Benefits of dual COMPASS regimen also seen in patients with moderate renal dysfunction
Rivaroxaban Plus Aspirin in Patients With Vascular Disease and Renal Dysfunction - From the COMPASS Trial
Introduction and methods
Chronic kidney disease (CKD) increases the risk of thromboembolism and bleeding, but anticoagulation therapy also increases bleeding risk in the presence of renal dysfunction [1-4]. Moreover, higher age and the prevalent comorbidities that are associated with vascular disease also negatively impact bleeding risk and adverse vascular outcomes. The extent of renal excretion of non-vitamin K antagonist oral anticoagulants varies, ranging from 25% to 80% of drug being excreted unchanged in the urine [5-7]. Thus, renal dysfunction may alter the risk-benefit balance for antithrombotic combinations.
The COMPASS study demonstrated that rivaroxaban 2.5 mg bd plus aspirin, compared with aspirin alone, reduced CV outcomes and increased major bleeding in patients with stable atherosclerotic vascular disease [8-10]. Rivaroxaban 5 mg twice daily on the other hand, did not reduce CV outcomes and was associated with higher bleeding risk .
This analysis assessed the safety and efficacy of low-dose anticoagulation with rivaroxaban plus aspirin (the dual pathway COMPASS regimen), compared with aspirin alone, in patients who are in sinus rhythm but at increased vascular risk, with or without moderate renal dysfunction. Patients in the COMPASS trial had chronic stable CAD and/or peripheral artery disease. 21.111 patients in the COMPASS population had GFR ≥60 mL/min at baseline and 6.275 had GFR <60 mL/min.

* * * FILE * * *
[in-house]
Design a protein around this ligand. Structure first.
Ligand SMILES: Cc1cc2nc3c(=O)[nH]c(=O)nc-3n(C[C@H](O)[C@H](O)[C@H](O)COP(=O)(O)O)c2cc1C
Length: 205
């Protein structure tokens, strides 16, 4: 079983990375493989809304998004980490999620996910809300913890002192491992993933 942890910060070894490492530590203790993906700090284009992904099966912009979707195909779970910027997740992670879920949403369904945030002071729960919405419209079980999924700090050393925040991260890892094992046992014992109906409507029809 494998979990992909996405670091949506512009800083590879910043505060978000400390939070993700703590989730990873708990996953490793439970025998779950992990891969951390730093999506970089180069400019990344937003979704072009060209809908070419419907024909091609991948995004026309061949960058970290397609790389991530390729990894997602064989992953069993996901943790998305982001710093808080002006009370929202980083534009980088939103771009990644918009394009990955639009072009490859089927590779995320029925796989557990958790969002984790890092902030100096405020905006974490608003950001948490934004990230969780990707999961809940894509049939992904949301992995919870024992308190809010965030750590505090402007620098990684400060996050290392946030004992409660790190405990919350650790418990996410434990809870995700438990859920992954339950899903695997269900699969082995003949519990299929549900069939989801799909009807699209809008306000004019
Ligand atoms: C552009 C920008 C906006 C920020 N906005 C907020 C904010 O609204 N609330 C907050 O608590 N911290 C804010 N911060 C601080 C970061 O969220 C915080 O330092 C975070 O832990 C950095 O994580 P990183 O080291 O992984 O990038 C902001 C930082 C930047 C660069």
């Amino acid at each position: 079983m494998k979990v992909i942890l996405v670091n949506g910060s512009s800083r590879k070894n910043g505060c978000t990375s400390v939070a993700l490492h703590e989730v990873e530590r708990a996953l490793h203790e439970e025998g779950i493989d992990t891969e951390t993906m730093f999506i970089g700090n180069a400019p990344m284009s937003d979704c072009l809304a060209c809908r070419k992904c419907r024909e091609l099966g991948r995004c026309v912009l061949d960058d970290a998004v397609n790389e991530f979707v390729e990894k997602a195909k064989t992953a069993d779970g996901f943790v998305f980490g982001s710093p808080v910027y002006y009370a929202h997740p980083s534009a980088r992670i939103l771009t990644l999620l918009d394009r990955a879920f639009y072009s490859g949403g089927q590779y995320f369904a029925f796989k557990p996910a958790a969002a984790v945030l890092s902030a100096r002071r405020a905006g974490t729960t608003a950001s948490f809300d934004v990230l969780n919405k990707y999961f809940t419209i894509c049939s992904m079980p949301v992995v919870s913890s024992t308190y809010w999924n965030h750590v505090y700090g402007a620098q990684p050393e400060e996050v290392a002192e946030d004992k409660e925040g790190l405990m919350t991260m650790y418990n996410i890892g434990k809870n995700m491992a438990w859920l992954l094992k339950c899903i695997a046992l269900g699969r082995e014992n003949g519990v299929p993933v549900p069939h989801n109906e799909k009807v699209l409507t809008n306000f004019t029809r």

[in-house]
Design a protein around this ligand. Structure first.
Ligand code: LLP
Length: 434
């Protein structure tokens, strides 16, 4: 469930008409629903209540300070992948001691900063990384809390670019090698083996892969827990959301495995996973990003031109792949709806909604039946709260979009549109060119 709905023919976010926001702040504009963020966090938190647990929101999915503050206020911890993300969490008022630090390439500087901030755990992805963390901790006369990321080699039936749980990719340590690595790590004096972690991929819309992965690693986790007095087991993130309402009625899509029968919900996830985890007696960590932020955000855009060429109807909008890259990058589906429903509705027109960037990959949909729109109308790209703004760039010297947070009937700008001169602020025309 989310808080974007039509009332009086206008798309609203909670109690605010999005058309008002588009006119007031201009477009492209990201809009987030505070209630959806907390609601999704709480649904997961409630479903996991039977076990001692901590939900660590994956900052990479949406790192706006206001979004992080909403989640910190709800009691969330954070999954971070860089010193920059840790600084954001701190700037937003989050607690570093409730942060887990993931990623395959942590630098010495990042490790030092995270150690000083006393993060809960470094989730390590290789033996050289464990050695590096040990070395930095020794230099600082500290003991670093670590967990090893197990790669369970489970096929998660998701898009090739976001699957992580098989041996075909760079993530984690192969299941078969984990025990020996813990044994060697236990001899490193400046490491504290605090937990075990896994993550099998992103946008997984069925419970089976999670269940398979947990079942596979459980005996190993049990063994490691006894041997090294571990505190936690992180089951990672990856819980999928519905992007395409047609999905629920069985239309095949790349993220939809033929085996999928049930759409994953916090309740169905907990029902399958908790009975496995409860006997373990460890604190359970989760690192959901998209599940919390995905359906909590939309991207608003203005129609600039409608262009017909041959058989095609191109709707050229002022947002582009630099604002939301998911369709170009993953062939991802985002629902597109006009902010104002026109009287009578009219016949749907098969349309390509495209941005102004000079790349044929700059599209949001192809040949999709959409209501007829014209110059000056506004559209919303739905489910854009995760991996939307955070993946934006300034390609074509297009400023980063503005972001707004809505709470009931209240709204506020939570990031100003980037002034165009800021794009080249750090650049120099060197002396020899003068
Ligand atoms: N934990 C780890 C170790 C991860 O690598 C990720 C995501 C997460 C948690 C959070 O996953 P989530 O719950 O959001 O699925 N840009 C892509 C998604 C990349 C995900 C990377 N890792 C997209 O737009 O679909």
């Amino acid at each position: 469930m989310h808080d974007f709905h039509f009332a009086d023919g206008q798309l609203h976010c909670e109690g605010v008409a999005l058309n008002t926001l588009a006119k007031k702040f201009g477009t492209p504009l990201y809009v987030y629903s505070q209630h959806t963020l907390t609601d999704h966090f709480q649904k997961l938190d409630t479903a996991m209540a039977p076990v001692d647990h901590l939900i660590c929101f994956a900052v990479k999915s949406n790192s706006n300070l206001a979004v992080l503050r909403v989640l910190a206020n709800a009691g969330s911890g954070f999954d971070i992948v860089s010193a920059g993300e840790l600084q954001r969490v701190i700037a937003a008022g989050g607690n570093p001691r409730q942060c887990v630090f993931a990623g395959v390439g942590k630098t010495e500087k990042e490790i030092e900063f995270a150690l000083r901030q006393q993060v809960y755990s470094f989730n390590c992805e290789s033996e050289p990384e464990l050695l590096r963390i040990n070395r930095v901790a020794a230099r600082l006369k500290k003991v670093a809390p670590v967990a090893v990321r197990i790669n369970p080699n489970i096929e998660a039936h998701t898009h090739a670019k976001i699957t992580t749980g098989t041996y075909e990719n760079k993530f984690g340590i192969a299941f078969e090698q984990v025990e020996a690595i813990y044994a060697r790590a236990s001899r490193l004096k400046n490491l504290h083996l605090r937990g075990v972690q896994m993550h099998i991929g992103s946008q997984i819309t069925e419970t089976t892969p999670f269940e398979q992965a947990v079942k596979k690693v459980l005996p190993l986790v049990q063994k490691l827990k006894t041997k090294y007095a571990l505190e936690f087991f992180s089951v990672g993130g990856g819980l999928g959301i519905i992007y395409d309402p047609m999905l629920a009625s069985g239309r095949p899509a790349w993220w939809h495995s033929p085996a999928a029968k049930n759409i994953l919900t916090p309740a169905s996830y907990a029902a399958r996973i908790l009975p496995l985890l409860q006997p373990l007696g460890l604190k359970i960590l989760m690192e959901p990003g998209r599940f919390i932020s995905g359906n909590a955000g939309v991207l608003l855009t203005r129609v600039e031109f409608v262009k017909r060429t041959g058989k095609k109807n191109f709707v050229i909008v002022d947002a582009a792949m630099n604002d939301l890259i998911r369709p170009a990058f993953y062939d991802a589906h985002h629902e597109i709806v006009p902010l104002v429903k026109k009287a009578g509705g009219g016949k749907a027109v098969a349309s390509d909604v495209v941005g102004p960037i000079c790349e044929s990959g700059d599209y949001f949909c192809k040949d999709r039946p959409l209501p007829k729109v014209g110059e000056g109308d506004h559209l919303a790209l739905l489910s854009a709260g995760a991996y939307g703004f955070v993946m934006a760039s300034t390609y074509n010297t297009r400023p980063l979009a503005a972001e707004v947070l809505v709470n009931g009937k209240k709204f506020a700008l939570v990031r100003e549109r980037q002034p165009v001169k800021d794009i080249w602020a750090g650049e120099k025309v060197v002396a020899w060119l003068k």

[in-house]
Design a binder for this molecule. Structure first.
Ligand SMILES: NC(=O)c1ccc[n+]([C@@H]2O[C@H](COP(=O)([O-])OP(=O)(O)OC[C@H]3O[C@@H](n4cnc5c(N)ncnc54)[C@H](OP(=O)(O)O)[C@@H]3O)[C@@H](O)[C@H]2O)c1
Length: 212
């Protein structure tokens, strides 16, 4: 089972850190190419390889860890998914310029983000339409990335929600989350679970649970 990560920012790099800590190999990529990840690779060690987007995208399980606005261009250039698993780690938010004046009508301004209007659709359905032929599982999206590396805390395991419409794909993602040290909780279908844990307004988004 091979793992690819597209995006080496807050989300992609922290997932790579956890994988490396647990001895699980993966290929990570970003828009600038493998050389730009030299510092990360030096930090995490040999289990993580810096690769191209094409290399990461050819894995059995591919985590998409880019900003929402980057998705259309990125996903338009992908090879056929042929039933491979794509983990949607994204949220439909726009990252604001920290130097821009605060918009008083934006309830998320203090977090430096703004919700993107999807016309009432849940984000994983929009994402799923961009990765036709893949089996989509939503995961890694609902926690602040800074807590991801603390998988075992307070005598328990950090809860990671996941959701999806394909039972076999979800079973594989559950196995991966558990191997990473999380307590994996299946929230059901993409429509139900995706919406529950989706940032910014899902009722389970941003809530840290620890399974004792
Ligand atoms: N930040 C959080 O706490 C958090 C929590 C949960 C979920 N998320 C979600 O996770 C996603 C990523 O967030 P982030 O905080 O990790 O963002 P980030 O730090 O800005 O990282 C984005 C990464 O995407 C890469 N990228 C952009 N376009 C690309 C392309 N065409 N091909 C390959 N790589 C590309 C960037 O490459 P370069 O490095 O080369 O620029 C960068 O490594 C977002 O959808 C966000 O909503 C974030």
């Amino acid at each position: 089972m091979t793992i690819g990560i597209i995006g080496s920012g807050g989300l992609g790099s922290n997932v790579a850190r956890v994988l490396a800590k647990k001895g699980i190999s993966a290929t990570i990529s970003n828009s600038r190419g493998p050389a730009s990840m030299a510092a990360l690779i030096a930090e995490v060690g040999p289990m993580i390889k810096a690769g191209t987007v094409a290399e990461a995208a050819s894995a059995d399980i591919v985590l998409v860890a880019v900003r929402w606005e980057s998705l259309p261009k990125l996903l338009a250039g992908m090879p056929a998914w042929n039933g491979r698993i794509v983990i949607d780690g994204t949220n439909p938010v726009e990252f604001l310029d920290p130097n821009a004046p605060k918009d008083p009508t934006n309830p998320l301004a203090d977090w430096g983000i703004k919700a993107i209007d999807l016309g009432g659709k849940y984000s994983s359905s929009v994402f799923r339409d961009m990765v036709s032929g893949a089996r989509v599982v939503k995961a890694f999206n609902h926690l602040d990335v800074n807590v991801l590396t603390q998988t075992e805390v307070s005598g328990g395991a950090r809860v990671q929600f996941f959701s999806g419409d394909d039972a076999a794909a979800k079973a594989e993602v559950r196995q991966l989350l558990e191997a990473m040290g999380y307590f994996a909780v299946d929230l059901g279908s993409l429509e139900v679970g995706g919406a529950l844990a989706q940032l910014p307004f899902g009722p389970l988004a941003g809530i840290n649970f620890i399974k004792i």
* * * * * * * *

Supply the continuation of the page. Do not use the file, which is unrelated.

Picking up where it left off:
- The primary efficacy outcome of CV death, MI or stroke, was more frequent in those with renal dysfunction than in those without, and the frequency was inversely related to eGFR.
- Risk reductions with rivaroxaban plus aspirin were consistent in those with GFR ≥60 mL/min (3.5% vs. 4.5% with aspirin alone, HR: 0.76, 95%CI: 0.64-0.90) and in those with GFR <60 mL/min (6.4% vs. 8.4%, 95%CI: 0.75, 0.60-0.94).
- Also in those with more severe renal dysfunction (GFR <30 mL/min, n=243), a consistent, but non-significant risk reduction was seen (HR: 0.73, 95%CI: 0.28-1.91).
- Strokes of any cause were reduced with the dual regime in those with normal renal function (0.9% vs. 1.3%, HR: 0.67, 95%CI: 0.48-0.92) and with GFR <60 mL/min (1.0% vs. 2.3%, HR: 0.42, 95%CI: 0.25-0.70).
- CV death was lower in the COMPASS regimen group than in those treated with aspirin alone, both in those with GFR ≥60 mL/min (1.3% vs. 1.7%, HR: 0.73, 95%CI: 0.56-0.96) and in those with GFR <60 mL/min (3.5% vs. 3.9%, HR: 0.88, 95%CI: 0.64-1.20).
- No statistically significant interactions of the treatment effect on various efficacy and safety outcomes and renal function status were seen. When GFR was used on a continuous scale, a consistent benefit of the combination therapy was seen across the GFR range.
- Major bleeding occurred more often in those randomized to the COMPASS regime than in those on aspirin alone in those with GFR ≥60 mL/min (2.9% vs. 1.6%, HR: 1.81, 95%CI 1.44-2.28) and in those with GFR <60 mL/min (3.9% vs. 2.7%, HR: 1.47, 95%CI: 1.05-2.07).
- Net clinical benefit with the dual treatment regimen compared with aspirin alone, based on CV death, stroke, MI, fatal bleeding or symptomatic bleeding into critical organ, was consistent in those with GFR ≥60 mL/min (HR: 0.81, 95%CI: 0.69-0.94) and <60 mL/min (HR: 0.79, 95%CI: 0.64-0.98).
This analysis of COMPASS suggests that for both efficacy and safety, the relative treatment effects of the dual-pathway COMPASS regimen, consisting of rivaroxaban 2.5mg bd and aspirin, compared with aspirin alone, are consistent in those with preserved and moderately impaired renal function. A cut-off of GFR of 60 mL/min was used. Relatively few patients included in the COMPASS trial had GFR <30 mL/min, and by design, all had GFR >15 mL/min at baseline.